Tuesday, November 13, 2012
A couple years ago, kiteracing became organized to the point where it was starting to look like a real contender for a berth in the Olympics. And boy did those kiteracers lobby. In fact, they did a great job putting on events that showcased the sport, all while the performance level of what they were doing on the course was getting downright amazing.
And then this year, ISAF gave them the nod - but did so at the expense of windsurfing. The decision making process was hosed in so many ways (practice your google-fu if you're not familiar with the whole sordid tale - it's quite entertaining in a watching-a-train-wreck-sort-of-way...). Nothing new under the sun, there - just remember how equipment selection for the windsurfing classes has gone down ever since the 84 Games (Ostermann Windglider, anyone? RS:X? I rest my case...). And then, they reversed themselves, reinstating windsurfing (good decision) and dropping kiting (bad decision). ISAF has always prioritized politics over the good of the sport or the good of the athletes in this, so why should that be different now?
Because you'd think these guys (it's mostly guys on the committees, actually, but that's a different story) would be smarter than that. Because we all know that if the goal is to make the Olympics a showcase for how exciting sailing can be, Finns and Lasers won't do the job. When windsurfing got in, it was young, in flux, exciting, sexy. The cool new thing. A beach sport in terms of cost and accessibility, co-opted by yachting as a ticket to stay relevant. When they moved kiting into the line-up, it was the same reasoning.
And the reasoning is sound - you need something cool and exciting and fast that has the potential to make for good TV to keep sailing in the Games. And so ISAF, in their infinite wisdom, decided that they needed a token board sport. Yes, kiteracing as it's currently practiced is WAY more exciting for a broad TV audience than RS:X racing. But I'd argue that high-performance windsurfing, using box rule classes with a strict 8-knot wind minimum (either slalom or Formula) is just as exciting. And they're both way more awesome than above-mentioned Finns and Lasers, or 470's.
So why not get both kites and windsurfers into the Games and sacrifice the Finn, for example? Most of the old guys on the committees used to be Finn sailors, and the boards are not really considered sailing classes by the yachting establishment. Which is probably why they hosed Olympic windsurfing so badly in the first place.
Case in point - the athlete in the picture above is Nikola Girke, who placed 10th in London. An incredible athlete in her third Games (470 in 04, RS:X in 08 and 12), she had podium-level speed and angle in the pre-Games events in the same waters, the same conditions, against the same competitors when using her own gear just like those competitors. In the Games, due to bad equipment (you can't bring your own to keep it "fair" in this strict OD class - but the quality control sucks so there's huge luck of the draw element) she had to overcome a huge handicap to make it into the medals race and 10th overall.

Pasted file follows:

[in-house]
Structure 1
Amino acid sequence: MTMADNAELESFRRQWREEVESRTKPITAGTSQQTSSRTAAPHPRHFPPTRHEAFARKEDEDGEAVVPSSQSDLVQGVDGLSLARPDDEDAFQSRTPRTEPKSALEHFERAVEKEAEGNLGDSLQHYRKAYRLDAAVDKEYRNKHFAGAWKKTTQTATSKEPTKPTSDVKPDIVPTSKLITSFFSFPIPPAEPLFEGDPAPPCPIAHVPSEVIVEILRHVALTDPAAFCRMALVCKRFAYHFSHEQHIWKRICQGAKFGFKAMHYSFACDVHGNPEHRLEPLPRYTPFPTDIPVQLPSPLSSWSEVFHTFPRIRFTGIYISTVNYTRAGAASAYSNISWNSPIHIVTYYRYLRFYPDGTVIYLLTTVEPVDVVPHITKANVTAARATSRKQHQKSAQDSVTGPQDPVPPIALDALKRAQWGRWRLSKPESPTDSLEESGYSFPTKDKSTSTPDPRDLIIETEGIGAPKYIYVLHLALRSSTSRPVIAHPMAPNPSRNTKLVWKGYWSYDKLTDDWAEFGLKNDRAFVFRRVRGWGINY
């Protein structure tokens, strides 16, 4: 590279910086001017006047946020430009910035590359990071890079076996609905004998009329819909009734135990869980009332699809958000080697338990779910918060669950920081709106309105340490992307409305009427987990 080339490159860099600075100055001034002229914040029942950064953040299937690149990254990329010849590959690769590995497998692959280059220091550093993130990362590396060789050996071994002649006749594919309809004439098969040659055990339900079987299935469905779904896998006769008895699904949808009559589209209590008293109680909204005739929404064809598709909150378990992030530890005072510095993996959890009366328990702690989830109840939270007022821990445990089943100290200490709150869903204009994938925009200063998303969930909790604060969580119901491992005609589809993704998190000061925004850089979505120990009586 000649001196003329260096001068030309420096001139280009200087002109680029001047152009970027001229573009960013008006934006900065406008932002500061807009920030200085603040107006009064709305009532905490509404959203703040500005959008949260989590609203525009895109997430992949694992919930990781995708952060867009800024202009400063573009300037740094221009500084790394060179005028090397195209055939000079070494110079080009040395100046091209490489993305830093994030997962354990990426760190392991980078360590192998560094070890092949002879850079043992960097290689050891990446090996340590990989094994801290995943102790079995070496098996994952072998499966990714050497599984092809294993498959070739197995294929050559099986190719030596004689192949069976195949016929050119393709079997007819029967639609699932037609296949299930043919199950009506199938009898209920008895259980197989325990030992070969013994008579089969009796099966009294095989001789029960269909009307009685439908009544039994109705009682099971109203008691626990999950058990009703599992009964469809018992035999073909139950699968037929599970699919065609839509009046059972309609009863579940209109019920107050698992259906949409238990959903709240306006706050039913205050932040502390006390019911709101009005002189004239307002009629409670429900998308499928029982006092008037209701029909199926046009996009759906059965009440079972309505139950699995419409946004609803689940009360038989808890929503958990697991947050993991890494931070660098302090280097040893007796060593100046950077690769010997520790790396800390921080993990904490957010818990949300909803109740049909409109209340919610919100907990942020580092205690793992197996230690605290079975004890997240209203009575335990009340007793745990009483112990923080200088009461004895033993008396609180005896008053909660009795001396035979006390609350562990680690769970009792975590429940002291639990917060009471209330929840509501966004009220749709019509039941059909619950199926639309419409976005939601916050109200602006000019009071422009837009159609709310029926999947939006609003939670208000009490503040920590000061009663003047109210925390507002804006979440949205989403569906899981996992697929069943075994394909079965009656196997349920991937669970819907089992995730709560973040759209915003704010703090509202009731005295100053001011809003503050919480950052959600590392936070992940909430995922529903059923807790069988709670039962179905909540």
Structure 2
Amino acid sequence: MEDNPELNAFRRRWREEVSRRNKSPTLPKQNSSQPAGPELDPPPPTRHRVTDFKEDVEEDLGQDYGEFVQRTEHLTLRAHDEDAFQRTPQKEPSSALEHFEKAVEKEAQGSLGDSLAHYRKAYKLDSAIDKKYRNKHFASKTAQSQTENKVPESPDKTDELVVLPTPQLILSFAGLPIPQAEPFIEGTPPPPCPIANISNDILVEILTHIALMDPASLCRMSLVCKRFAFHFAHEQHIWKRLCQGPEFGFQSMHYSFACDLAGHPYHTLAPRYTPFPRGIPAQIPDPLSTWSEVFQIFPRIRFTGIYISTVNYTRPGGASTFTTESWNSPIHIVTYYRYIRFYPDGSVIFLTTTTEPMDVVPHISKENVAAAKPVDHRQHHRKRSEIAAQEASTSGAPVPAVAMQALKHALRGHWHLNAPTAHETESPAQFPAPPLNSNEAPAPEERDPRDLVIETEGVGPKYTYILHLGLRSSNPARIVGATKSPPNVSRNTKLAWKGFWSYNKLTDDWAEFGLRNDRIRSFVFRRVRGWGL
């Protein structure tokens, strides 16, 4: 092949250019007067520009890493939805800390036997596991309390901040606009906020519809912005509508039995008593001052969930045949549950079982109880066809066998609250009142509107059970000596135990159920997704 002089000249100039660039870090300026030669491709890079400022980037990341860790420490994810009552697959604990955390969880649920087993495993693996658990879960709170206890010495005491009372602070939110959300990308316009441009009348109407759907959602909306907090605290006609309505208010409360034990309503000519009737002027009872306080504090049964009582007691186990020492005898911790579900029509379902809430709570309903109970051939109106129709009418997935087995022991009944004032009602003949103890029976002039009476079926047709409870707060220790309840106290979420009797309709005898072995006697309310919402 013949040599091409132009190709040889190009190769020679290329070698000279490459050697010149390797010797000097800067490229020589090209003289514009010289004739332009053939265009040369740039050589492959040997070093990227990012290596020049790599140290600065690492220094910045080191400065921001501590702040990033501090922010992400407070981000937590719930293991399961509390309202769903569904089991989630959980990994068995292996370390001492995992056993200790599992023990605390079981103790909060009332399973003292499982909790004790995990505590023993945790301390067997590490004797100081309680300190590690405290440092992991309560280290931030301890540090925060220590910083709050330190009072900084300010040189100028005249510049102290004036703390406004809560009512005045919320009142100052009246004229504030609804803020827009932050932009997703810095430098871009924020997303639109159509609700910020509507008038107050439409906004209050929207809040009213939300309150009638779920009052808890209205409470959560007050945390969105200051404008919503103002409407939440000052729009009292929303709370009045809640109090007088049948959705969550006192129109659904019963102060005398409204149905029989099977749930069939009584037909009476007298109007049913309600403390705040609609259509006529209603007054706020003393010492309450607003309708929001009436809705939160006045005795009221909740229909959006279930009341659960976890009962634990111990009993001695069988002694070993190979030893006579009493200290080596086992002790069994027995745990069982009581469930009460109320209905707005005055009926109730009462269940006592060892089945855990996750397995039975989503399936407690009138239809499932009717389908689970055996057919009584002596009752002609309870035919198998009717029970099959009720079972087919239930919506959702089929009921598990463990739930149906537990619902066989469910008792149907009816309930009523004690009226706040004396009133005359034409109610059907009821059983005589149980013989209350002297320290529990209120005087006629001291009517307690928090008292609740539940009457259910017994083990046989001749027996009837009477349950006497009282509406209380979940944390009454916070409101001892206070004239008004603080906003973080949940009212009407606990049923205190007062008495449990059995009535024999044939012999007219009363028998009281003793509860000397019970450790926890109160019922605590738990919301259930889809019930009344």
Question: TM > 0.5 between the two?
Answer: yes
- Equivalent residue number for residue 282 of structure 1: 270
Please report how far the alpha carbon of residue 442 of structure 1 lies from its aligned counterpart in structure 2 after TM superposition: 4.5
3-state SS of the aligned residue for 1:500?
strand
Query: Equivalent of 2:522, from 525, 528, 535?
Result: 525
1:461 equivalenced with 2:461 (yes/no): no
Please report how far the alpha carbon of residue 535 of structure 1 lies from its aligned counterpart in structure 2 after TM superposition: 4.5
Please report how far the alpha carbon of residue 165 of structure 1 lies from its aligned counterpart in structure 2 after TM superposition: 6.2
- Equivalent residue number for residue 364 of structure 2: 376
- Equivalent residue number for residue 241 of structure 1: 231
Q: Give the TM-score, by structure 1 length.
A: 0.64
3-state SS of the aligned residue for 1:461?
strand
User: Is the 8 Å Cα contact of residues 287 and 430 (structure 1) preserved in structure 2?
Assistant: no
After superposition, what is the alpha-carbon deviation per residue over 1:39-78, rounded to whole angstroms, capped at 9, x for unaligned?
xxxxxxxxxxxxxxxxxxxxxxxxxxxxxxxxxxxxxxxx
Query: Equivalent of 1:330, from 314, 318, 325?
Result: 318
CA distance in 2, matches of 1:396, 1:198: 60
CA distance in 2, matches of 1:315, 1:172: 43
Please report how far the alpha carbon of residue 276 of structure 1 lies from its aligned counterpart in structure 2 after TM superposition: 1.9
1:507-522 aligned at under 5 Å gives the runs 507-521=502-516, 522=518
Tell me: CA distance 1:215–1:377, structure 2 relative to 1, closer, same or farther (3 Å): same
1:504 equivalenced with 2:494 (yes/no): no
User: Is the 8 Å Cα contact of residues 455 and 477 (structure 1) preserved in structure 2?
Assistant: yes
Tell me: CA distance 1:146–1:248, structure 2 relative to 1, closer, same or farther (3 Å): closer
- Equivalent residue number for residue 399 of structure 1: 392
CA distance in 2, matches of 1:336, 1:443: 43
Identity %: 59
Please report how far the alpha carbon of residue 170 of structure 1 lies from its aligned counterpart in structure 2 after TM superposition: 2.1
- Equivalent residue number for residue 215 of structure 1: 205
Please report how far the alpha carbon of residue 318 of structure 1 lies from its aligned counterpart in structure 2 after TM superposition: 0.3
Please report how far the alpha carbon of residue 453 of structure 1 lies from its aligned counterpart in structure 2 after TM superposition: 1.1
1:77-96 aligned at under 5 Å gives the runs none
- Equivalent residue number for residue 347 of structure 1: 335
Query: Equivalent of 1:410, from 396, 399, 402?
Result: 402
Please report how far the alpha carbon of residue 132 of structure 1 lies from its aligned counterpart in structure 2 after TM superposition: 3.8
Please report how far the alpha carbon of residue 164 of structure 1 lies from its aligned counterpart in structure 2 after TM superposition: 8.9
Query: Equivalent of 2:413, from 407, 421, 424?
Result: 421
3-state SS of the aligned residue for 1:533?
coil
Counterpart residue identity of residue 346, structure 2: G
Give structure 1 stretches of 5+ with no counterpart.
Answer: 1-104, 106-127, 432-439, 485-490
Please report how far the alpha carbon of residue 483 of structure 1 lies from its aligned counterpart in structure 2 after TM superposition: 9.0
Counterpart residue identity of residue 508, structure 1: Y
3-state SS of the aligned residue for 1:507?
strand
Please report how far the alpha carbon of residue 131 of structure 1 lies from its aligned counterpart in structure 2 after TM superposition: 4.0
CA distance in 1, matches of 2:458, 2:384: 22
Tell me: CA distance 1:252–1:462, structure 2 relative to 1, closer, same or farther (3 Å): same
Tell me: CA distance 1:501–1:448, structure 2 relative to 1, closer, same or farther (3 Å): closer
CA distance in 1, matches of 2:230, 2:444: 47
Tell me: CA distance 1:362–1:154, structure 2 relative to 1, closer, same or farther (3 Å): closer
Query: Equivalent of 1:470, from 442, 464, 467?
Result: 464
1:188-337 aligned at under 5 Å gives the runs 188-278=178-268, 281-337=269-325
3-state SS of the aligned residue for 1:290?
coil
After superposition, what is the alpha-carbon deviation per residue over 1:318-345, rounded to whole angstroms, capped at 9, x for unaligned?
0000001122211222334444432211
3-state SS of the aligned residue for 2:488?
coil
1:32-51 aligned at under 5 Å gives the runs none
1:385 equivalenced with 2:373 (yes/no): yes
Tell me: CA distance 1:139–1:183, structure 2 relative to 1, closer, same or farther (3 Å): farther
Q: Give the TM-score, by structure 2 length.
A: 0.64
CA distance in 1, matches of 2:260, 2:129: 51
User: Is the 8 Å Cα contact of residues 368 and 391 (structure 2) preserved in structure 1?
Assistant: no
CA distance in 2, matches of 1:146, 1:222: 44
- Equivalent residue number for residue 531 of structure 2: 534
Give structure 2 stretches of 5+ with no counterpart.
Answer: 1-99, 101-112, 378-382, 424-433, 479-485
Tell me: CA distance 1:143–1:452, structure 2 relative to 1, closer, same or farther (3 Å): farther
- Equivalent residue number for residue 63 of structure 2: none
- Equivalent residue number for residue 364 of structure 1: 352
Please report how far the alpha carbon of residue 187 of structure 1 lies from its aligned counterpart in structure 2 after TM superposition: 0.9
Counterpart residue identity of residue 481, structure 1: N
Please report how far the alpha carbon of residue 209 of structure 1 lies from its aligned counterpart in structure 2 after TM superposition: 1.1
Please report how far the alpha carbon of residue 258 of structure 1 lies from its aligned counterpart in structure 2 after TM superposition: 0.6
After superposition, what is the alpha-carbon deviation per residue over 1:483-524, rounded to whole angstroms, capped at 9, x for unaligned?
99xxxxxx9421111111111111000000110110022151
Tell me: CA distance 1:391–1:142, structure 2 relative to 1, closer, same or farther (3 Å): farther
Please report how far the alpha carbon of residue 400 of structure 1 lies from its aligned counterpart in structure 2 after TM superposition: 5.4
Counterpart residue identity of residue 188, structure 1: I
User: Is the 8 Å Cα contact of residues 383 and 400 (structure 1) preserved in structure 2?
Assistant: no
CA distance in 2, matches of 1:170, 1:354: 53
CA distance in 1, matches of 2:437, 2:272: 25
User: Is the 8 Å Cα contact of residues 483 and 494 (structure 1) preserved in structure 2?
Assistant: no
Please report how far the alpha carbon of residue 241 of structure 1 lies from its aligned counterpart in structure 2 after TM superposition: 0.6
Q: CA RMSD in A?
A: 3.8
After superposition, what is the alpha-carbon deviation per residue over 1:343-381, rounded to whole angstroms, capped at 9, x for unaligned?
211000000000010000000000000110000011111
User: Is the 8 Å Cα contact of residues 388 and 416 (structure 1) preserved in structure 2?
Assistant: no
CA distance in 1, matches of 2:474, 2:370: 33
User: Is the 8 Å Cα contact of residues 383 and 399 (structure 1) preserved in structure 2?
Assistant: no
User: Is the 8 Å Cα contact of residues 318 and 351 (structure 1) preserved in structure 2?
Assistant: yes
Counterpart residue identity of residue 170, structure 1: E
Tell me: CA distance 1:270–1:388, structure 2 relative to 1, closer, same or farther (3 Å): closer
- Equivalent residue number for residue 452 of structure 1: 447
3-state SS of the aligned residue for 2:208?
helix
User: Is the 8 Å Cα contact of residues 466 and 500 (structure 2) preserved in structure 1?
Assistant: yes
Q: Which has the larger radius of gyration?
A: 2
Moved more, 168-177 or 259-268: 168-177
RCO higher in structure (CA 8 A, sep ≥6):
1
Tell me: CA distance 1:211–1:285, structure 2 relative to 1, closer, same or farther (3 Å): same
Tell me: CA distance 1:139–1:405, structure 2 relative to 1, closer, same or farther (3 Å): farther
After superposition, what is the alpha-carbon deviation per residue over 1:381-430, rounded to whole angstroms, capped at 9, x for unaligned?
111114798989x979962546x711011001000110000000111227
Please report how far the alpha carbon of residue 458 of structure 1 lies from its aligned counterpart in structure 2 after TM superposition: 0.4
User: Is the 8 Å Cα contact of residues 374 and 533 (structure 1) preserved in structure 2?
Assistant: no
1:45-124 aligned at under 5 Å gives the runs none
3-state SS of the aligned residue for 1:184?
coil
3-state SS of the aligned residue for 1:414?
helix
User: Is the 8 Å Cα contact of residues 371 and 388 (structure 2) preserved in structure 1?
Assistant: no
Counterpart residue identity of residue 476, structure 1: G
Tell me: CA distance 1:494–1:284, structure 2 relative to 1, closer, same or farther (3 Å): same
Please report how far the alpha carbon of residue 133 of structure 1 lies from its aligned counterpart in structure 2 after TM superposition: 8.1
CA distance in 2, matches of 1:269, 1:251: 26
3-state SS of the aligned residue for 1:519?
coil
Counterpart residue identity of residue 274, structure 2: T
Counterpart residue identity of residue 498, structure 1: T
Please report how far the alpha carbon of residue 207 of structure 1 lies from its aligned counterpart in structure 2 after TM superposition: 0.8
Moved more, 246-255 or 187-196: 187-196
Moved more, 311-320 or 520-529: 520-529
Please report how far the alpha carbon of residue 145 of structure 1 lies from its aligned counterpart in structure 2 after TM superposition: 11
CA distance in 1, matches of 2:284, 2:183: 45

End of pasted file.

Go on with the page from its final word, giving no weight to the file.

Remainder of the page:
So that's ISAF in a nutshell for you - that's how these clowns run an Olympic regatta. Imagine, for a moment, Usain Bolt being told he can't use his own shoes. Or Lindsey Vonn being issued supposedly OD skis just to find out that hers are a bit off on flex. Pretty unimaginable, eh? You could look at this and argue that these idiots managed to ruin one of the coolest sports in the known universe. So perhaps the kiters are better off - who knows what they would have had to acquiesce to in ISAF's quest to turn them into proper sailors?
Why does this all have me so pissed off? Well for one, ISAF is jerking around the athletes. Both windsurfing and kiteracing are not big dollar sports. These guys and gals devote tremendous life energy to it. And are then getting used as pawns by a bunch of clowns in blue blazers. And in the process, they've managed to pit windsurf and kite racers against each other, too.
The campaign to get windsurfing back into the Games pointed out a lot of valid weak points for kiteracing as a viable class (no real path for youth other than through other boats or boards - you just don't hook your 6-year-old up to a traction kite...; too little woment's participation; some logistical issues). The kiters can learn from that and grow their sport - as they've been doing for a while. Don't kid yourself - kiteracing is cool, and it's here to stay.
The kiters, in the meantime, pointed out some rather attractive elements of their class (growth, still on the steep part of the learning curve and getting faster every season, attractive to sponsors and spectators), as well as some (well known) weak spots for RS:X.
In the real world, outside of ISAF's screwed up world of politics, the two sports are learning from each other and pushing each other forward. The kiteracers took a lot of stuff that was developed in Formula and slalom windsurfing and adapted it to make their kit faster. Windsurfers are learning from the kiters (hey, A2 just set a new record above 50 knots and looked a lot smoother and in control - so we're still seeing progress there, for example even though the kiters jumped ahead in that race). And guys like Dorian and Zac were only weeks into their kiting careers when they showed up at the kite worlds after winning and placing 10th in the RS:X in London and then placed mid fleet. Clearly, some of those skills must transfer.
There's been enough windsurfers vs. kiters BS. Both sports are way to cool to let themselves be ruined by ISAF idiocy. I don't know if there's a path into the Games outside of ISAF. Maybe not. The irony in all this would be that the board classes can keep ISAF relevant, but only if ISAF can resist the urge to be complete idiots about it. Too bad that seems to be so hard to accomplish...
Posted by G-42 at 9:05 PM